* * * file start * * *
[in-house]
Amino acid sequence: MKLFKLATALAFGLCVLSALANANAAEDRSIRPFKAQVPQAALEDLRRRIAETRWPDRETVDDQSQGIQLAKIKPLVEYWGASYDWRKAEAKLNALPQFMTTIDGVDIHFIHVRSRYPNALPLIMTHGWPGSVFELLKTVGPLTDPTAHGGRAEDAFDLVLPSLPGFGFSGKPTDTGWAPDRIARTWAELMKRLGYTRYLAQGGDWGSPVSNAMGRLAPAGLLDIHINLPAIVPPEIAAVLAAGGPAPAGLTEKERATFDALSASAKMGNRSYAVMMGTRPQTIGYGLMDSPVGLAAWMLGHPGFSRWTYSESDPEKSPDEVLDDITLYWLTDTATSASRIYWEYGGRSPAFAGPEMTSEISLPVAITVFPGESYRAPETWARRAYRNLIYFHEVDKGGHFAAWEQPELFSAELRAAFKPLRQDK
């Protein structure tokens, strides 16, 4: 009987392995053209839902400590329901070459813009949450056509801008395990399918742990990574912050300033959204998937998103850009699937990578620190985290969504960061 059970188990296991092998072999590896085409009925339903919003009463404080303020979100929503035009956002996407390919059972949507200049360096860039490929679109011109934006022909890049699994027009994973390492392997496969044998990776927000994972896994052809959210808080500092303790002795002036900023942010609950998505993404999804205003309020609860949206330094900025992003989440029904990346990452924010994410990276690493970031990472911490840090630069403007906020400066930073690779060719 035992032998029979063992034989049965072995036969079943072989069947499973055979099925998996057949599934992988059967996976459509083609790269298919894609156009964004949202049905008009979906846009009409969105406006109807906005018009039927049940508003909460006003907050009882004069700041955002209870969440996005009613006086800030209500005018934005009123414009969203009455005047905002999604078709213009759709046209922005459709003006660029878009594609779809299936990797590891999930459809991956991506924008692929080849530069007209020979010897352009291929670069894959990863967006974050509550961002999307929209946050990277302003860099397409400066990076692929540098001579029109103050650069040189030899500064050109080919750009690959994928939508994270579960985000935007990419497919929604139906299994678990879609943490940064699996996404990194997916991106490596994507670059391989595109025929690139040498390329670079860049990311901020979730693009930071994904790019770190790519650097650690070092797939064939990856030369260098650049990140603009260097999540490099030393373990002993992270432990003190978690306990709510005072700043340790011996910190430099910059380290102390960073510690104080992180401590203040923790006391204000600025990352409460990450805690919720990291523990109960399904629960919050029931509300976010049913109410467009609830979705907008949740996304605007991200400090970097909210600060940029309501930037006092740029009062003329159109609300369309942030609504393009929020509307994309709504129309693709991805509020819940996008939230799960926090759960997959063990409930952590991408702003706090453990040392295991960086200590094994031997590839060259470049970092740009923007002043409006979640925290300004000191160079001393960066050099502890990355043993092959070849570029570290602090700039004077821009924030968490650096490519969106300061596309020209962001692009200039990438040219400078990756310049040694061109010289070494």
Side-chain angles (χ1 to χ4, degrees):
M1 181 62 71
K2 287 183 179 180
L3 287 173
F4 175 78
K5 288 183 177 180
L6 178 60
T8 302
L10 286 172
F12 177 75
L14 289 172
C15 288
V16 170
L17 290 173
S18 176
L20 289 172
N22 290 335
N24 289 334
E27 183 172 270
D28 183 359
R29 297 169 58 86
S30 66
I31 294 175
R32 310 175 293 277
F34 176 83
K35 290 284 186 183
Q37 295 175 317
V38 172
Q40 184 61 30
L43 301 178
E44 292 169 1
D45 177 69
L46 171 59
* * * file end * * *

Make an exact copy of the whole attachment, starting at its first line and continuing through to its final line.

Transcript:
[in-house]
Amino acid sequence: MKLFKLATALAFGLCVLSALANANAAEDRSIRPFKAQVPQAALEDLRRRIAETRWPDRETVDDQSQGIQLAKIKPLVEYWGASYDWRKAEAKLNALPQFMTTIDGVDIHFIHVRSRYPNALPLIMTHGWPGSVFELLKTVGPLTDPTAHGGRAEDAFDLVLPSLPGFGFSGKPTDTGWAPDRIARTWAELMKRLGYTRYLAQGGDWGSPVSNAMGRLAPAGLLDIHINLPAIVPPEIAAVLAAGGPAPAGLTEKERATFDALSASAKMGNRSYAVMMGTRPQTIGYGLMDSPVGLAAWMLGHPGFSRWTYSESDPEKSPDEVLDDITLYWLTDTATSASRIYWEYGGRSPAFAGPEMTSEISLPVAITVFPGESYRAPETWARRAYRNLIYFHEVDKGGHFAAWEQPELFSAELRAAFKPLRQDK
């Protein structure tokens, strides 16, 4: 009987392995053209839902400590329901070459813009949450056509801008395990399918742990990574912050300033959204998937998103850009699937990578620190985290969504960061 059970188990296991092998072999590896085409009925339903919003009463404080303020979100929503035009956002996407390919059972949507200049360096860039490929679109011109934006022909890049699994027009994973390492392997496969044998990776927000994972896994052809959210808080500092303790002795002036900023942010609950998505993404999804205003309020609860949206330094900025992003989440029904990346990452924010994410990276690493970031990472911490840090630069403007906020400066930073690779060719 035992032998029979063992034989049965072995036969079943072989069947499973055979099925998996057949599934992988059967996976459509083609790269298919894609156009964004949202049905008009979906846009009409969105406006109807906005018009039927049940508003909460006003907050009882004069700041955002209870969440996005009613006086800030209500005018934005009123414009969203009455005047905002999604078709213009759709046209922005459709003006660029878009594609779809299936990797590891999930459809991956991506924008692929080849530069007209020979010897352009291929670069894959990863967006974050509550961002999307929209946050990277302003860099397409400066990076692929540098001579029109103050650069040189030899500064050109080919750009690959994928939508994270579960985000935007990419497919929604139906299994678990879609943490940064699996996404990194997916991106490596994507670059391989595109025929690139040498390329670079860049990311901020979730693009930071994904790019770190790519650097650690070092797939064939990856030369260098650049990140603009260097999540490099030393373990002993992270432990003190978690306990709510005072700043340790011996910190430099910059380290102390960073510690104080992180401590203040923790006391204000600025990352409460990450805690919720990291523990109960399904629960919050029931509300976010049913109410467009609830979705907008949740996304605007991200400090970097909210600060940029309501930037006092740029009062003329159109609300369309942030609504393009929020509307994309709504129309693709991805509020819940996008939230799960926090759960997959063990409930952590991408702003706090453990040392295991960086200590094994031997590839060259470049970092740009923007002043409006979640925290300004000191160079001393960066050099502890990355043993092959070849570029570290602090700039004077821009924030968490650096490519969106300061596309020209962001692009200039990438040219400078990756310049040694061109010289070494």
Side-chain angles (χ1 to χ4, degrees):
M1 181 62 71
K2 287 183 179 180
L3 287 173
F4 175 78
K5 288 183 177 180
L6 178 60
T8 302
L10 286 172
F12 177 75
L14 289 172
C15 288
V16 170
L17 290 173
S18 176
L20 289 172
N22 290 335
N24 289 334
E27 183 172 270
D28 183 359
R29 297 169 58 86
S30 66
I31 294 175
R32 310 175 293 277
F34 176 83
K35 290 284 186 183
Q37 295 175 317
V38 172
Q40 184 61 30
L43 301 178
E44 292 169 1
D45 177 69
L46 171 59